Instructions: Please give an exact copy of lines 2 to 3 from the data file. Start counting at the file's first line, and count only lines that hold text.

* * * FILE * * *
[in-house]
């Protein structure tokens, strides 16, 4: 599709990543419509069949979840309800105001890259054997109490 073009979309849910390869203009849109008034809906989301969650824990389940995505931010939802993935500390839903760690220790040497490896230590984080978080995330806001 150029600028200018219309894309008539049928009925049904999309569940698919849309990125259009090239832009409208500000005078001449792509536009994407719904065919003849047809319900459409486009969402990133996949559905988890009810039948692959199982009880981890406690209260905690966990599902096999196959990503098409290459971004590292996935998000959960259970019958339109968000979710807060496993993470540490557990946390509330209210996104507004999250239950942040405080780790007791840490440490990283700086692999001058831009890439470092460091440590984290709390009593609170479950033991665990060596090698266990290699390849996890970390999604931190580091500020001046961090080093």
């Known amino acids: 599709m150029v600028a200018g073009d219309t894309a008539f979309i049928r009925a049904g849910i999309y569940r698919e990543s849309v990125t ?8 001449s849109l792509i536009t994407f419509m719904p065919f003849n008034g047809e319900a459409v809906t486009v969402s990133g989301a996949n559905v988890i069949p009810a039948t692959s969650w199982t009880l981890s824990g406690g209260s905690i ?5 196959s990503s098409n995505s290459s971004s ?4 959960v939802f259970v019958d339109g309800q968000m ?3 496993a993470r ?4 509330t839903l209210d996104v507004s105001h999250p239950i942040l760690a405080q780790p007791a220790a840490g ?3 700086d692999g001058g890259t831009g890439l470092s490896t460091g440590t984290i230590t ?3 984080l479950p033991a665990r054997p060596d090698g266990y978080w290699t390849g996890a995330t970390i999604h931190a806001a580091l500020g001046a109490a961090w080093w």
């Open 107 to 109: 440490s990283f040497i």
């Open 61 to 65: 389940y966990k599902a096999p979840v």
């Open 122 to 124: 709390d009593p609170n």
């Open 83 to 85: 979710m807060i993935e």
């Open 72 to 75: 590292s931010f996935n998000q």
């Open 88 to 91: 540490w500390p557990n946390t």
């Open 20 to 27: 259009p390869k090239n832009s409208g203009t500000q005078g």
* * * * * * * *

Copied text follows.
């Protein structure tokens, strides 16, 4: 599709990543419509069949979840309800105001890259054997109490 073009979309849910390869203009849109008034809906989301969650824990389940995505931010939802993935500390839903760690220790040497490896230590984080978080995330806001 150029600028200018219309894309008539049928009925049904999309569940698919849309990125259009090239832009409208500000005078001449792509536009994407719904065919003849047809319900459409486009969402990133996949559905988890009810039948692959199982009880981890406690209260905690966990599902096999196959990503098409290459971004590292996935998000959960259970019958339109968000979710807060496993993470540490557990946390509330209210996104507004999250239950942040405080780790007791840490440490990283700086692999001058831009890439470092460091440590984290709390009593609170479950033991665990060596090698266990290699390849996890970390999604931190580091500020001046961090080093």
């Known amino acids: 599709m150029v600028a200018g073009d219309t894309a008539f979309i049928r009925a049904g849910i999309y569940r698919e990543s849309v990125t ?8 001449s849109l792509i536009t994407f419509m719904p065919f003849n008034g047809e319900a459409v809906t486009v969402s990133g989301a996949n559905v988890i069949p009810a039948t692959s969650w199982t009880l981890s824990g406690g209260s905690i ?5 196959s990503s098409n995505s290459s971004s ?4 959960v939802f259970v019958d339109g309800q968000m ?3 496993a993470r ?4 509330t839903l209210d996104v507004s105001h999250p239950i942040l760690a405080q780790p007791a220790a840490g ?3 700086d692999g001058g890259t831009g890439l470092s490896t460091g440590t984290i230590t ?3 984080l479950p033991a665990r054997p060596d090698g266990y978080w290699t390849g996890a995330t970390i999604h931190a806001a580091l500020g001046a109490a961090w080093w």